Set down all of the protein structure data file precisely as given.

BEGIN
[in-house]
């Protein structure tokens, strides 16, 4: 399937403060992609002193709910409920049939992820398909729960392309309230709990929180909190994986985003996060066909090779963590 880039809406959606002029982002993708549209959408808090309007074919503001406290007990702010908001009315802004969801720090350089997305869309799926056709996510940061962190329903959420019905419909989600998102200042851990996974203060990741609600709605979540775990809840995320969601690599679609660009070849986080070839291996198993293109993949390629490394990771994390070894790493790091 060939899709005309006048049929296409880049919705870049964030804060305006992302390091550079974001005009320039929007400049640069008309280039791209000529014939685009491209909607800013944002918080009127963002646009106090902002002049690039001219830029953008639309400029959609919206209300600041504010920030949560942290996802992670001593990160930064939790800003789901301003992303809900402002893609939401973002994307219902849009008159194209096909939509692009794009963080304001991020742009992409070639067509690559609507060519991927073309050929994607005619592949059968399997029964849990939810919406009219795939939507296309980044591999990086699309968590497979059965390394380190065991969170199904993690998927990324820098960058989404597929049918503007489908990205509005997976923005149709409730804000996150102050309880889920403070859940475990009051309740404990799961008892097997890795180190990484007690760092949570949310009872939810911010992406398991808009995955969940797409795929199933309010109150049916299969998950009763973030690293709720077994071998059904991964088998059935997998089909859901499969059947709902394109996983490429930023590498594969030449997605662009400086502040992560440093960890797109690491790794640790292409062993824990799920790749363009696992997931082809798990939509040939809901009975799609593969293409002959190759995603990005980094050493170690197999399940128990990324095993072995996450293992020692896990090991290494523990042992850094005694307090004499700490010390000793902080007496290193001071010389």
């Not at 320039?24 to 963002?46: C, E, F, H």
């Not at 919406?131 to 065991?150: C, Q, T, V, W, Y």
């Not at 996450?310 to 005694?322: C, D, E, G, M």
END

[in-house]
């Protein structure tokens, strides 16, 4: 399937403060992609002193709910409920049939992820398909729960392309309230709990929180909190994986985003996060066909090779963590 880039809406959606002029982002993708549209959408808090309007074919503001406290007990702010908001009315802004969801720090350089997305869309799926056709996510940061962190329903959420019905419909989600998102200042851990996974203060990741609600709605979540775990809840995320969601690599679609660009070849986080070839291996198993293109993949390629490394990771994390070894790493790091 060939899709005309006048049929296409880049919705870049964030804060305006992302390091550079974001005009320039929007400049640069008309280039791209000529014939685009491209909607800013944002918080009127963002646009106090902002002049690039001219830029953008639309400029959609919206209300600041504010920030949560942290996802992670001593990160930064939790800003789901301003992303809900402002893609939401973002994307219902849009008159194209096909939509692009794009963080304001991020742009992409070639067509690559609507060519991927073309050929994607005619592949059968399997029964849990939810919406009219795939939507296309980044591999990086699309968590497979059965390394380190065991969170199904993690998927990324820098960058989404597929049918503007489908990205509005997976923005149709409730804000996150102050309880889920403070859940475990009051309740404990799961008892097997890795180190990484007690760092949570949310009872939810911010992406398991808009995955969940797409795929199933309010109150049916299969998950009763973030690293709720077994071998059904991964088998059935997998089909859901499969059947709902394109996983490429930023590498594969030449997605662009400086502040992560440093960890797109690491790794640790292409062993824990799920790749363009696992997931082809798990939509040939809901009975799609593969293409002959190759995603990005980094050493170690197999399940128990990324095993072995996450293992020692896990090991290494523990042992850094005694307090004499700490010390000793902080007496290193001071010389």
């Not at 320039?24 to 963002?46: C, E, F, H």
């Not at 919406?131 to 065991?150: C, Q, T, V, W, Y």
């Not at 996450?310 to 005694?322: C, D, E, G, M």